Years ago I began to use the imagery and the process of braiding to describe the nature of the writing I do. Braiding and writing are hand-work and in either work, thinking about it won't get it done. My own hair is now nearly to my waist and is threaded through with bands of white and silver along with the black. Sometimes it just falls, other times it tangles because I haven't washed it with filtered water and the mineral-hard Whidbey water loves to tangle. Other times, I will it into two long braids that hang behind my ears. And then there are days when I braid it into a single tail to dangle down my back.
When I was a younger woman a friend who had hair thick and black and long tried to teach me to French Braid my hair. Maybe most of you know that French Braiding happens when you don't simply braid the whole split into three hanks, but 'pick up hair as you go' to create a flatter braid. I have never gotten the hang of this braiding style. But, this morning when sorting through a subject to bring to the blog I found the YouTube included above and gleaned from it a bit of imagery that fits for what I am doing with my writing. [Check this: at 2:00 minutes into the video above the process of 'pick up hair as I go']
I am 'picking up hair as I go' with the fairy tale The Safety Pin Cafe and my novel-in-the-work Splinters. Each of these stories has been written on my blogs. I've laid hanks of the story in their first and unedited stages into blog posts, writing fluidly and automatically. Without much preparation or methodology, I braided simply with the Muse directing my hands and opening my heart for hearing the story. Weeks and months later (in the case of Splinters) I am loosening up those braids to rework them. Time and more life (more hair) open me to a new way of looking and hearing the story. A bit of hard water has been flushed through and I filter out some of the unnecessary and consider the editing advice once again. I pick up hair as I go.
In the case of my novel, the time traveling story that grew from my life of living in Hilo I am rewriting the opening chapter and think I have a way of tying things together at the end ... hopefully, braiding a better story. Here is a link and a bit from the original hank of the Introduction and opening chapter of Splinters
Time is maleable, my ancestors would probably agree that time is a membrane rather than a wall with access to wa i mua o i hope. This is a story of time travelers and values that travel as surely as the moon, in cycles and variation you can count on regular surprises particularly if you are paying attention. One family and their extended 'ohana experience time travel on the illumination of match sticks, splinters tipped with sulphur, and discover how ancient and contemporary truth adapt to survive. This is a journey of visits with old heroines who remain as tangible as basil and tomato red sauce for supper. Polynesian and ancient earth culture season "Splinters" with language and protocol of permissions to invite comfort in any reader with a longing to connect with the feeling of being at home. If you will allow me, I will spin for you a tale kissed with tradewinds.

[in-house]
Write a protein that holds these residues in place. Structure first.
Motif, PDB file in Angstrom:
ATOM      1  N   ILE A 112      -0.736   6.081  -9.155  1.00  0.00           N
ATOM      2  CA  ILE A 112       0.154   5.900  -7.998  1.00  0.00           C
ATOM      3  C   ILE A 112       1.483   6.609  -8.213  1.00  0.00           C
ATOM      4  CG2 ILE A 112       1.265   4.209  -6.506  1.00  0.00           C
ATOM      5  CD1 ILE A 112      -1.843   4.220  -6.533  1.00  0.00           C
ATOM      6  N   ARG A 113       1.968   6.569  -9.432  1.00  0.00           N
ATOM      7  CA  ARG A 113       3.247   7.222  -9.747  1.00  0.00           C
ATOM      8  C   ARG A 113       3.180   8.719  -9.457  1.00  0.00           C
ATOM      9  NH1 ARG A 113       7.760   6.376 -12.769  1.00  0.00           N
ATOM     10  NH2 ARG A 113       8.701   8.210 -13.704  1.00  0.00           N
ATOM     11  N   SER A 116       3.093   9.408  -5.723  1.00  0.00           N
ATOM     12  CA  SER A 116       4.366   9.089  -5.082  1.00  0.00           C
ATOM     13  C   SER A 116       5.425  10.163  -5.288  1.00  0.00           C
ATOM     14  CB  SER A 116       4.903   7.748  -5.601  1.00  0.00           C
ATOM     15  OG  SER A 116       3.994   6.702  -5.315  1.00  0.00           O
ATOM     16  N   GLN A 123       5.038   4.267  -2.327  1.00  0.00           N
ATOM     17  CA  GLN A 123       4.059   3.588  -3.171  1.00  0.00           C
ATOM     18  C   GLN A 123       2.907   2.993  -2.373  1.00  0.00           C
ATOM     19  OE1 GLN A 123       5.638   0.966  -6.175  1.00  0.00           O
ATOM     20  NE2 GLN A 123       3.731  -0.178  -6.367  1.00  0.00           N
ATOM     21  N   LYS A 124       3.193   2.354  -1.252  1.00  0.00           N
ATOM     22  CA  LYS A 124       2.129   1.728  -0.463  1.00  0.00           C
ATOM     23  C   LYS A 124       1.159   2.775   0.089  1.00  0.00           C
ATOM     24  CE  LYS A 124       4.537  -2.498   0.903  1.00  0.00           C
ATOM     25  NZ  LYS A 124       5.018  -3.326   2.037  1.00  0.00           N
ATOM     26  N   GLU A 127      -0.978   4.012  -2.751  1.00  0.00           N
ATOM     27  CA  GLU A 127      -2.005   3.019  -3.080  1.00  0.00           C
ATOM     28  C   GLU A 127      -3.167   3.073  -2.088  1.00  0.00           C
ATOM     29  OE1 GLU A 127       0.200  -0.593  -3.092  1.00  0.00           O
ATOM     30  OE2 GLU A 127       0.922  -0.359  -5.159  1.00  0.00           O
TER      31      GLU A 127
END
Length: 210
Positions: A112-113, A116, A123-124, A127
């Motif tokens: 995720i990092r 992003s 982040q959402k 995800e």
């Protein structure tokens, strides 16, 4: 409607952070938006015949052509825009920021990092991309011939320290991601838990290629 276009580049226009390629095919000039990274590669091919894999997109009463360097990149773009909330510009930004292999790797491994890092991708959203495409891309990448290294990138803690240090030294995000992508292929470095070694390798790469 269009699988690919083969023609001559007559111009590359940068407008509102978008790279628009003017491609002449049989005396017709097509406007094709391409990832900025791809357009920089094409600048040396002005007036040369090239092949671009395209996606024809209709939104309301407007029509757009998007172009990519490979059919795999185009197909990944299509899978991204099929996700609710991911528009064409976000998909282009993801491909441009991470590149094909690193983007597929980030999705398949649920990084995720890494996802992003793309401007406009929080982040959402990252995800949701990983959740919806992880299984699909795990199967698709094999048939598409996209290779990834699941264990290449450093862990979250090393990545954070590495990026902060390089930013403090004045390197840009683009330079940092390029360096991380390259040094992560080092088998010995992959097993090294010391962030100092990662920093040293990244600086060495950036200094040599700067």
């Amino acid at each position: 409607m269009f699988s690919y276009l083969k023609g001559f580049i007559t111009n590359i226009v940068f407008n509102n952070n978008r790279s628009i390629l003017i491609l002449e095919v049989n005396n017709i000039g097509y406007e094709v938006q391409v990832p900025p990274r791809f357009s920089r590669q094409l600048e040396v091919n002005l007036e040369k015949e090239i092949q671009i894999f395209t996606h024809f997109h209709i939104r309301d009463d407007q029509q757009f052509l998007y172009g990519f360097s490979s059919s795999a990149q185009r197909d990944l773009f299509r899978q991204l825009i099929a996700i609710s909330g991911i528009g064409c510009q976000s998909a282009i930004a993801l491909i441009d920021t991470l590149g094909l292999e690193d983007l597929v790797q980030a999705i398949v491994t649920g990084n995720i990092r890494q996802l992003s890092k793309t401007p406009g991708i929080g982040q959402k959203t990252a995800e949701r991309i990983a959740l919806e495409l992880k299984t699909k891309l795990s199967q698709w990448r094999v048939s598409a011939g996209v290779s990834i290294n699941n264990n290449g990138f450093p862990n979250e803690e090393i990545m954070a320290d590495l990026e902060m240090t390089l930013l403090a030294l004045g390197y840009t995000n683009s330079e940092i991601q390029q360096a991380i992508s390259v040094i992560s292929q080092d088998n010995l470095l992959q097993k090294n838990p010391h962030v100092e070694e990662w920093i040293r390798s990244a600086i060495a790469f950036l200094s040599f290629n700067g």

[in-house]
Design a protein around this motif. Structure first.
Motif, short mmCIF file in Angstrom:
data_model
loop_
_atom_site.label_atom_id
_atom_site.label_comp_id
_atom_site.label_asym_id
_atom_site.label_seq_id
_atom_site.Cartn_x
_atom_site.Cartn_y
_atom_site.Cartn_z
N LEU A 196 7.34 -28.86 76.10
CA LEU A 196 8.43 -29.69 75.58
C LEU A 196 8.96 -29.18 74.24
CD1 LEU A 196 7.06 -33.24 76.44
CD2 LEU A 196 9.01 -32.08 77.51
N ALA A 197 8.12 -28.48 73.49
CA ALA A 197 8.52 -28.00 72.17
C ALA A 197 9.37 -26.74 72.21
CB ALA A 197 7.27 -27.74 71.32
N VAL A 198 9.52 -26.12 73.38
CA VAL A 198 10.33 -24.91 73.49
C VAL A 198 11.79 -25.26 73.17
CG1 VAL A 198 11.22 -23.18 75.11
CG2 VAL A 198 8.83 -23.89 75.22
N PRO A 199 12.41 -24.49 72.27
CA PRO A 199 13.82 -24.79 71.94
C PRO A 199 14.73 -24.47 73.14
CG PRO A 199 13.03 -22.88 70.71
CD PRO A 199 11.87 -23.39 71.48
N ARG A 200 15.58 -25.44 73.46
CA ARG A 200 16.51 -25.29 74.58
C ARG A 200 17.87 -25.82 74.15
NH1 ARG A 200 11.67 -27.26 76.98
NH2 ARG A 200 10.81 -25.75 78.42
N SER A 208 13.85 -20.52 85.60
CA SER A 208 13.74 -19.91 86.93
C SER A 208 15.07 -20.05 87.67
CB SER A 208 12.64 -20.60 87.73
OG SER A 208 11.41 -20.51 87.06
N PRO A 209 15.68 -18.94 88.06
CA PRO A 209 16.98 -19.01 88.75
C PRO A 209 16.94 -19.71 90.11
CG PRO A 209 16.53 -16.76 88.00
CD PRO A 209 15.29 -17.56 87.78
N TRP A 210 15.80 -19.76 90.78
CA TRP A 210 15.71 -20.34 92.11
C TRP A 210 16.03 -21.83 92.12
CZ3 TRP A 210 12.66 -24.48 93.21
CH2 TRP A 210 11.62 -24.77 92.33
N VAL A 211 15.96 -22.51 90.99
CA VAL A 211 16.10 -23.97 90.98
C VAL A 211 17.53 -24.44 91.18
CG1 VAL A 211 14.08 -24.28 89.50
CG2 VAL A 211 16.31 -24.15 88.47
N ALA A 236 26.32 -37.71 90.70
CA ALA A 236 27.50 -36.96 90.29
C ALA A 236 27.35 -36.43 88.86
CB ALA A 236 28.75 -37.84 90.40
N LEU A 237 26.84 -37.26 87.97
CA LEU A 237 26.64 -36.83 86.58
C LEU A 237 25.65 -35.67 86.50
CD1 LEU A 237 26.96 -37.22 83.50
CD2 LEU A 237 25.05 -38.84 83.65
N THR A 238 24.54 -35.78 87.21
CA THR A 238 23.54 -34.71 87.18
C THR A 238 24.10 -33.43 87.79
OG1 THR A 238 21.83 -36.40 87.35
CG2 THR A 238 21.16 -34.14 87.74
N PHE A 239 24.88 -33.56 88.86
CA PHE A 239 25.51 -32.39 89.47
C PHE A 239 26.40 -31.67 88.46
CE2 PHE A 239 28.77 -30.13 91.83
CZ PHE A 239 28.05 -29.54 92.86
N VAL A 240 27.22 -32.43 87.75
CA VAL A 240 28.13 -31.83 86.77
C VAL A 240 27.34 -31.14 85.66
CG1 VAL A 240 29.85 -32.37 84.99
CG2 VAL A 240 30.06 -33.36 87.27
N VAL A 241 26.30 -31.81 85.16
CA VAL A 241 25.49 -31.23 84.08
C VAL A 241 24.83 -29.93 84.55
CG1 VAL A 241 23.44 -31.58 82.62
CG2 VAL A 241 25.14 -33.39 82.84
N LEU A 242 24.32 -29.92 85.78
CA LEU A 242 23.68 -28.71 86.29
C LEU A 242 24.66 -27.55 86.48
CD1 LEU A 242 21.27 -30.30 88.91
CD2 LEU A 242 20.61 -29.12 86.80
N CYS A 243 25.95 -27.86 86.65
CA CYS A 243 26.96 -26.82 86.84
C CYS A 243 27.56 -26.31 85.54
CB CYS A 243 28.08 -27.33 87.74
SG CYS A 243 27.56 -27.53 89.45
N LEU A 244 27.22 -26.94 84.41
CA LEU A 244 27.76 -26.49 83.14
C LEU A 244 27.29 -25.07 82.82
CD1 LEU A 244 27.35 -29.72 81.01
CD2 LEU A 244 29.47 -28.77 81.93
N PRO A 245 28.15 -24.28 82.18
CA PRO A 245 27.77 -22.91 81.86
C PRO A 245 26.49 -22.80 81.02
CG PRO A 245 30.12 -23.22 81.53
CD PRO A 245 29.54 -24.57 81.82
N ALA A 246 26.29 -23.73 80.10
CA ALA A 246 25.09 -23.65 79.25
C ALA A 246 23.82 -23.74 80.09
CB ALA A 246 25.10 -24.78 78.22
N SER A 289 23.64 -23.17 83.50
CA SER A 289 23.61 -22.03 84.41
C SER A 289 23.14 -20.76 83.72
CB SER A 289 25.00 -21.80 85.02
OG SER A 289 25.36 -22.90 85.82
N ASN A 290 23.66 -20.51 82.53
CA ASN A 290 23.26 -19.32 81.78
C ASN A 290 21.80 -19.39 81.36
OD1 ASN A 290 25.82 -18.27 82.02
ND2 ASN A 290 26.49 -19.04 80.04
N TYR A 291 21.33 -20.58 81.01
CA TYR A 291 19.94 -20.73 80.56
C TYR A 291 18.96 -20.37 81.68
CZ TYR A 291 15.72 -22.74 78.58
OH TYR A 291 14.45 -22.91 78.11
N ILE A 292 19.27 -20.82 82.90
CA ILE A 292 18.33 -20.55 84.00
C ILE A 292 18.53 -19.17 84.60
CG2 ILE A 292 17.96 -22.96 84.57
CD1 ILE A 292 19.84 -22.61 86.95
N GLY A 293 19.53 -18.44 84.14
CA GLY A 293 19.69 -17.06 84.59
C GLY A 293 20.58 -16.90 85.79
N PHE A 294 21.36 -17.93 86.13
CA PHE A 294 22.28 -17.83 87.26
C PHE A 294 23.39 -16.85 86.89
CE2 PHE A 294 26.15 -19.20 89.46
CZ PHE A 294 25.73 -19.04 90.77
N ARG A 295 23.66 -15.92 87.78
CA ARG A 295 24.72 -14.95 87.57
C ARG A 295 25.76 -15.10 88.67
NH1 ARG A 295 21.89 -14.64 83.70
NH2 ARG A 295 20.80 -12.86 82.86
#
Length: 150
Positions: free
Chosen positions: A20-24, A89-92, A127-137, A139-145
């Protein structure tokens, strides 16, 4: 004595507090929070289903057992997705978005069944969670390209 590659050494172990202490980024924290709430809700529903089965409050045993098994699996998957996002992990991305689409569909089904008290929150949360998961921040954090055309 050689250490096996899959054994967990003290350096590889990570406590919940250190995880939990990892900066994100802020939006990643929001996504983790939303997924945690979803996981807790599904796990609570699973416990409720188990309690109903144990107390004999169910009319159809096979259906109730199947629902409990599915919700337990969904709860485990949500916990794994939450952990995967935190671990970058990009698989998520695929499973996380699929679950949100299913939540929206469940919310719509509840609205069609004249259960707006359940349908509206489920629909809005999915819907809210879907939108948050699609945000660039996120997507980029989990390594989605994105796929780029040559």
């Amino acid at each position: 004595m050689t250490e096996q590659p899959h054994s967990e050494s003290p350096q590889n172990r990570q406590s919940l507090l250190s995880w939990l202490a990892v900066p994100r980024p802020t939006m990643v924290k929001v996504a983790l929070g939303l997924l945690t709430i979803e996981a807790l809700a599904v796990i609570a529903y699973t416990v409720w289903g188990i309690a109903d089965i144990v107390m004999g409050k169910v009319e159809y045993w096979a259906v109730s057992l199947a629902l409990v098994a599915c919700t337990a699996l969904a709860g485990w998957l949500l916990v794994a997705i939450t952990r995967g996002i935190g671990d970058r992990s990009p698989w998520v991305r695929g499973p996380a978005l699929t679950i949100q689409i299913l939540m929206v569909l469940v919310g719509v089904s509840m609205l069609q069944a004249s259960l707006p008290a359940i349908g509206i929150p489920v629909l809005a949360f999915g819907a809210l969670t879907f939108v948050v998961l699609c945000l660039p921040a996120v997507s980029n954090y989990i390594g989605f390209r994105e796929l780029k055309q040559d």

Welina make yourself comfortable,
That Introduction feels like a solid hank to the braid of the story. What is changing is how I look more closely at the details of the scene which I wrote a year ago. There are errors that show themselves, or details that will need explanation to make the story 'true.' Like this:
"A vase of purple cornflowers sat in the middle of the oval table. El fished into the clear glass fishbowl, pulled up a moon snail shell that was only half there. She rubbed at the inner spiral of the shell."When I began writing Splinters I wrote as if the characters were here ... Washington. "Purple cornflowers and moon snail shells" are not usual in Hilo. But, maybe the cornflowers were found in the market or florist. Maybe the moon snail shell was picked up and brought back from the Salish Sea while some of the characters was on holiday? Braiding stories does include the journeys I make or have made and when I write or tell them initially they flow without regard for details. The story engages me and the keyboard allows the first telling. Sometimes, that is just right. And other times, rewrites and dropping a hank might be necessary. I'll make room for rereading and consider the sort of braiding to do today. I am blessed with the handwork of writing, and treasure the chance to learn that I could French Braid if I practiced.
Do you braid?